Epiglottis facts for kids
The epiglottis is normally pointed upward during breathing with its underside functioning as part of the pharynx. During swallowing, elevation of the hyoid bone draws the larynx upward; as a result, the epiglottis folds down to a more horizontal position, with its superior side functioning as part of the pharynx. In this manner, the epiglottis prevents food from going into the trachea and instead directs it to the esophagus, which is at the back. Should food or liquid enter the windpipe due to the epiglottis failing to close properly, the gag reflex is induced to protect the respiratory system.
The glossopharyngeal nerve (CN IX) sends fibers to the upper epiglottis that contribute to the afferent limb of the gag reflex. (The gag reflex is variable in people from a limited to a hypersensitive response.) The superior laryngeal branch of the vagus nerve (CN X) sends fibers to the lower epiglottis that contribute to the efferent limb of the cough reflex. This initiates an attempt to try to dislodge the food or liquid from the windpipe.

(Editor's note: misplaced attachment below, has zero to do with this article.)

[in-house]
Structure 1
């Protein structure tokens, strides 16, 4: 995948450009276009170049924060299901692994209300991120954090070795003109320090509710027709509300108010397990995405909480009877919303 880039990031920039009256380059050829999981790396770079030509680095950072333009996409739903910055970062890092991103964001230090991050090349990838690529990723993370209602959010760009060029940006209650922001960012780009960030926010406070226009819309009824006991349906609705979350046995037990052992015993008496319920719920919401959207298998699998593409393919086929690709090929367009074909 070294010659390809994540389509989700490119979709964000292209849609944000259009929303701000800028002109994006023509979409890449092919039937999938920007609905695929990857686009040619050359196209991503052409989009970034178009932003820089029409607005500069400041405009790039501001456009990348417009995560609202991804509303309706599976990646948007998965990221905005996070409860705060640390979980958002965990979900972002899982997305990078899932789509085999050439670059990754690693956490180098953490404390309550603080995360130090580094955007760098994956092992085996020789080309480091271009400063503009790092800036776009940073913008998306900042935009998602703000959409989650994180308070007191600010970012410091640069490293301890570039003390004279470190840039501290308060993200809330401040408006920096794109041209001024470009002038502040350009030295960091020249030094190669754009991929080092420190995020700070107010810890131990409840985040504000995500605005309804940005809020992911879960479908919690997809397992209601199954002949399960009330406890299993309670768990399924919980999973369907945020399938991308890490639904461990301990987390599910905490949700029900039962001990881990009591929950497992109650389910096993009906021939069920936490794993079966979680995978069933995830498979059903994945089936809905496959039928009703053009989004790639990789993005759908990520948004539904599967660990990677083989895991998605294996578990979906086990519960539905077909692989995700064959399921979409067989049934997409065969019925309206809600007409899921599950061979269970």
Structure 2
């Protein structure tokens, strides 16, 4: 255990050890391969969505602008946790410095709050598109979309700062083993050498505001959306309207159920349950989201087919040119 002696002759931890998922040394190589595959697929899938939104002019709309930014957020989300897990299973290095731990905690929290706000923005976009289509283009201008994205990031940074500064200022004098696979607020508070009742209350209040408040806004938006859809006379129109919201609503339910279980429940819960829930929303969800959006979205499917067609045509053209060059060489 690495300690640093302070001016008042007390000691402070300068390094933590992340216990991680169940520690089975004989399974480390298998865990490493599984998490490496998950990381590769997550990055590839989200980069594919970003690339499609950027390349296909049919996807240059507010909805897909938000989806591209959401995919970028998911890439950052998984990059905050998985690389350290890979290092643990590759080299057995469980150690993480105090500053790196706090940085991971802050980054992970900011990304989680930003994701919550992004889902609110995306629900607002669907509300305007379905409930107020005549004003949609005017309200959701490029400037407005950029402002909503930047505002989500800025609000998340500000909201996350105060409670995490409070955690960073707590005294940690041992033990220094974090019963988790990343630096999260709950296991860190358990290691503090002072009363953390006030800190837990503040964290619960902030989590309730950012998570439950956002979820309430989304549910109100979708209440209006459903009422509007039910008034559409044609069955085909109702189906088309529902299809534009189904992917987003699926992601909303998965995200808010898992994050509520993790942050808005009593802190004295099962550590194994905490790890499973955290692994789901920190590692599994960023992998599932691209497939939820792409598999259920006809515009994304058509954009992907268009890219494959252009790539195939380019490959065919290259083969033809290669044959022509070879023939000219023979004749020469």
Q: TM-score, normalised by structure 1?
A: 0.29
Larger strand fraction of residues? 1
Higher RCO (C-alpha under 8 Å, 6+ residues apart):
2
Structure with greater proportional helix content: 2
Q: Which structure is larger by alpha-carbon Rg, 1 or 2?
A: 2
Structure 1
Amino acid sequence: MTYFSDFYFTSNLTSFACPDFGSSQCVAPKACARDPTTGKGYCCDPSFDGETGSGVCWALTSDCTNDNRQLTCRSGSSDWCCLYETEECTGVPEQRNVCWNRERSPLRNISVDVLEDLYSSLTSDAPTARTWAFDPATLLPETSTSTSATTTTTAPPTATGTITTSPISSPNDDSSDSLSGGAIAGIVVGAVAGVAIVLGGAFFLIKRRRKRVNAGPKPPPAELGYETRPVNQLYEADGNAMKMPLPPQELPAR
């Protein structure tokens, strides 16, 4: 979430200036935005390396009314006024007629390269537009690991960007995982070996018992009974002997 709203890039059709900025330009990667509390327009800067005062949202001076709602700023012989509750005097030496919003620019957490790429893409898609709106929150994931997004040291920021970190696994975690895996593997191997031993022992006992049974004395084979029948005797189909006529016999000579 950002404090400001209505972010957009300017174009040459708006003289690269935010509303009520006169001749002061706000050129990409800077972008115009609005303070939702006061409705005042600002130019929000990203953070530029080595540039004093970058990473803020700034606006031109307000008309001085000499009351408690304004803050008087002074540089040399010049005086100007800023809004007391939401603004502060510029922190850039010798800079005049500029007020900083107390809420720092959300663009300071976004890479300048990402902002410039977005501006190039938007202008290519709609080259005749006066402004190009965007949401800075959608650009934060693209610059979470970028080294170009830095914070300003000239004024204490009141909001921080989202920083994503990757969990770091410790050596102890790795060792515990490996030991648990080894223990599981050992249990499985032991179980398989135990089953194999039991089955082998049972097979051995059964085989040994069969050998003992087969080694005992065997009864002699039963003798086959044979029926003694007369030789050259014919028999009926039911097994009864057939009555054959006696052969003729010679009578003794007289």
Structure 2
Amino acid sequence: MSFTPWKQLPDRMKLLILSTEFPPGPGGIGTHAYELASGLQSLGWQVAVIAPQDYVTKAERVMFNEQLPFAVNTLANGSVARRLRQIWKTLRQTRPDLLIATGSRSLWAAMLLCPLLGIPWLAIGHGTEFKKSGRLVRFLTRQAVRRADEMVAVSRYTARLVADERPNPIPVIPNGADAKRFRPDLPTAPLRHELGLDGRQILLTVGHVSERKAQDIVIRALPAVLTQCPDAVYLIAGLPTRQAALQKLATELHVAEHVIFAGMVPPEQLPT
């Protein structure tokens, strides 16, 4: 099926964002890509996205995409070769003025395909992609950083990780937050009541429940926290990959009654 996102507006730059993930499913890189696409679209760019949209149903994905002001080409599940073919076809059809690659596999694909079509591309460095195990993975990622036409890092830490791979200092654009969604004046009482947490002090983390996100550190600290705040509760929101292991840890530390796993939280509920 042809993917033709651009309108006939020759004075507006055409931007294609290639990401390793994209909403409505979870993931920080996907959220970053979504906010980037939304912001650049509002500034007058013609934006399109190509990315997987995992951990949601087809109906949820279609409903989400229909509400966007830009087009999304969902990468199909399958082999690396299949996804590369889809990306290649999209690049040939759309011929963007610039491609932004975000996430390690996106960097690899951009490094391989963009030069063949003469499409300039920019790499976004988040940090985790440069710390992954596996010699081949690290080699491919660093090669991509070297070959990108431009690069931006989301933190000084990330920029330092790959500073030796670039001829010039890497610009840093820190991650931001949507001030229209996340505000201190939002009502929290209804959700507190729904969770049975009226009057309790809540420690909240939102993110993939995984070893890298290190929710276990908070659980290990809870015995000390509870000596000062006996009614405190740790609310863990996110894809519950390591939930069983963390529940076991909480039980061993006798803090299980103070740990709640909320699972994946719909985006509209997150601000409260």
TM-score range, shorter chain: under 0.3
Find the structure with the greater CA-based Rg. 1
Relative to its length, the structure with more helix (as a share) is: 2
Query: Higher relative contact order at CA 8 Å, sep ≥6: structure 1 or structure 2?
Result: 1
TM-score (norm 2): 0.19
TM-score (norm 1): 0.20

In some languages, the epiglottis is used to produce epiglottal consonant speech sounds, though this sound-type is rather rare.
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Epiglottis Facts for Kids. Kiddle Encyclopedia.